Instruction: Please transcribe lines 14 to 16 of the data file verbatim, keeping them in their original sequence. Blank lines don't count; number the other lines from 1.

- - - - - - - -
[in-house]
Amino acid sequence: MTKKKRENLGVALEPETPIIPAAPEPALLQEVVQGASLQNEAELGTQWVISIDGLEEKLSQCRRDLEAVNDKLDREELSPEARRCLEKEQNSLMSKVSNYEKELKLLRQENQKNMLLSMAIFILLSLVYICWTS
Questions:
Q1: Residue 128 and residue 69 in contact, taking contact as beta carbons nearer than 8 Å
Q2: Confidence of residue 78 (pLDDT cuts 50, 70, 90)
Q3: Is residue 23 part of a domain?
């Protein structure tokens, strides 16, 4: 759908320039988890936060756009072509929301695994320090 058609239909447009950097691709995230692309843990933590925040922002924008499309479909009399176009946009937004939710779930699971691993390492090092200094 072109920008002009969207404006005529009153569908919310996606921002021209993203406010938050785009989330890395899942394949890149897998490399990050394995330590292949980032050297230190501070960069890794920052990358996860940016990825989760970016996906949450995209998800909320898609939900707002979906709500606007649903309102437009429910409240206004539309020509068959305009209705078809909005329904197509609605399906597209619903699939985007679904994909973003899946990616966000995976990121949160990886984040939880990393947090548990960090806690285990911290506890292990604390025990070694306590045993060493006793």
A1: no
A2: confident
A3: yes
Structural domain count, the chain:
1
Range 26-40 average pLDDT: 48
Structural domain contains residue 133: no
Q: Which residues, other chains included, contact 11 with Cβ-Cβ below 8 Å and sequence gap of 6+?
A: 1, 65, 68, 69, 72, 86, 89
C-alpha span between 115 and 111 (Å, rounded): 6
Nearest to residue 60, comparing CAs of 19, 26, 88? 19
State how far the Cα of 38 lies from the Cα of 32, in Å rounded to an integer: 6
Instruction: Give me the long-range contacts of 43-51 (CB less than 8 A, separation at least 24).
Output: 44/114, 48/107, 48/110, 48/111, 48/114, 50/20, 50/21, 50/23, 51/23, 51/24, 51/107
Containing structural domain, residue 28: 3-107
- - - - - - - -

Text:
Structural domain contains residue 133: no
Q: Which residues, other chains included, contact 11 with Cβ-Cβ below 8 Å and sequence gap of 6+?
A: 1, 65, 68, 69, 72, 86, 89